It’s quite the conundrum, in fact. I possess the basic yet strong human fear of losing even more so after losing both of my parents within four months of each other, however, I do not let the fear hinder me from diving headfirst and diving deep into relationships with people whom I deem valuable. For some people, they just don’t allow others to get close. I, on the other hand, seek out the closeness, the companionship I’ve experienced with all of my friends and lovers.   This is quite the recipe for anxiety. I’ve always believed it is better to have loved and lost than to have never loved at all and I stand by that belief wholeheartedly but it certainly causes me to question how long until I lose yet another loved one.

It’s the support, the kindness, the love and the bond I have shared with certain individuals that gives me this strength to continue conducting my life as a giver and a lover – as one who stands, arms stretched open wide to those who wish to receive my embrace, literally and metaphorically speaking. I owe this genuine quality to all of my friends, all of the people who have crossed my path in this life and I thank each and every one of you from the bottom of my heart.

I send thanks to the former best friend whom I was roommates with in college who suddenly decided she didn’t want to be my friend any longer without any communication or explanation. I thank the ex-coworker turned best friend who I’ve known since 2004 who also decided to cease communication within the last few months. I send thanks to David who I once considered my best friend as well as my lover, my boyfriend turned husband. I am thankful to the erratically, spunky girl name Jina who was my close friend not once but twice after forgiving an initial falling out who almost accidentally poisoned my cat to death. I thank her for the apology she recently issued regarding the last and final fall out.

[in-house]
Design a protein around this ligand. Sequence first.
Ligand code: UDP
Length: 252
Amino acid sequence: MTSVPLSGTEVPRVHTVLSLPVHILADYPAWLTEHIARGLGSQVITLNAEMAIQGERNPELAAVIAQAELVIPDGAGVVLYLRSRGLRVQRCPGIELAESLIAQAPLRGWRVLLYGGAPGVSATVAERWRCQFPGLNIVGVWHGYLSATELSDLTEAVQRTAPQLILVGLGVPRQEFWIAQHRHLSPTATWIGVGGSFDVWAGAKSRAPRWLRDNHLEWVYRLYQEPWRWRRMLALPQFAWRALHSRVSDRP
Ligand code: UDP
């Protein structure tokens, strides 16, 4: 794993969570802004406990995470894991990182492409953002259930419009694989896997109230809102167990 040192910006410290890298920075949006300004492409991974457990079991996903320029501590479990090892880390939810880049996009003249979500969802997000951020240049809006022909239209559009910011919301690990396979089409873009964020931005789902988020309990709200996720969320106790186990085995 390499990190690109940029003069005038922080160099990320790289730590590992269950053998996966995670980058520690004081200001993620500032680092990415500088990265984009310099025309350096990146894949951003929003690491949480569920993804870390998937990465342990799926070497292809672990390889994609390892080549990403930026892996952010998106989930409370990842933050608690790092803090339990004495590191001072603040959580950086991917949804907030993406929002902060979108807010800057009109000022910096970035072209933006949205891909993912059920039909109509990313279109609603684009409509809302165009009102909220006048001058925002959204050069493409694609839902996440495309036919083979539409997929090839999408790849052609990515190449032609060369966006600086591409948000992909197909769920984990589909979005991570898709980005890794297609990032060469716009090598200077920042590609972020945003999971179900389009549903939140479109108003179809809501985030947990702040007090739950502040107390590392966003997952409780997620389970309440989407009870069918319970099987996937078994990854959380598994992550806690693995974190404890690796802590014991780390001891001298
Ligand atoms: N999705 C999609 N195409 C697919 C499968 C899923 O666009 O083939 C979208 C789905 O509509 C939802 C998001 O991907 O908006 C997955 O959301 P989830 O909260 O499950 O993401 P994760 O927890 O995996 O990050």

I thank my dear friend, Jimmy, for coming to my door the night I came home to find all of David’s belongings removed from the apartment we shared for several months prior to our decision to separate and divorce. I thank my beloved friend, Claudia, for providing me with clean clothing and a comfortable place to rest my head when David deliberately locked me out of our apartment. I thank Sandy for consistently coming to my side in times of my need for company – the laughs she induces and the love she endlessly provides. I thank Norma for her undying support and positivity – for sending me a care package after my cross-country move to the Bushwick neighborhood of Brooklyn, complete with Common’s autobiography and a package of coffee grounds from “our spot” in Studio City. I thank my constant friend of almost sixteen years, Ashley, for always welcoming me with open arms no matter how much time passes, for being able to pick up right where we left off as if we just saw each other yesterday. I thank her for the “strength” key and for providing me with the chance to willingly pass on the earnest sentiment. I thank “my person” for the unanticipated text message reminding me that I am, in fact, her person.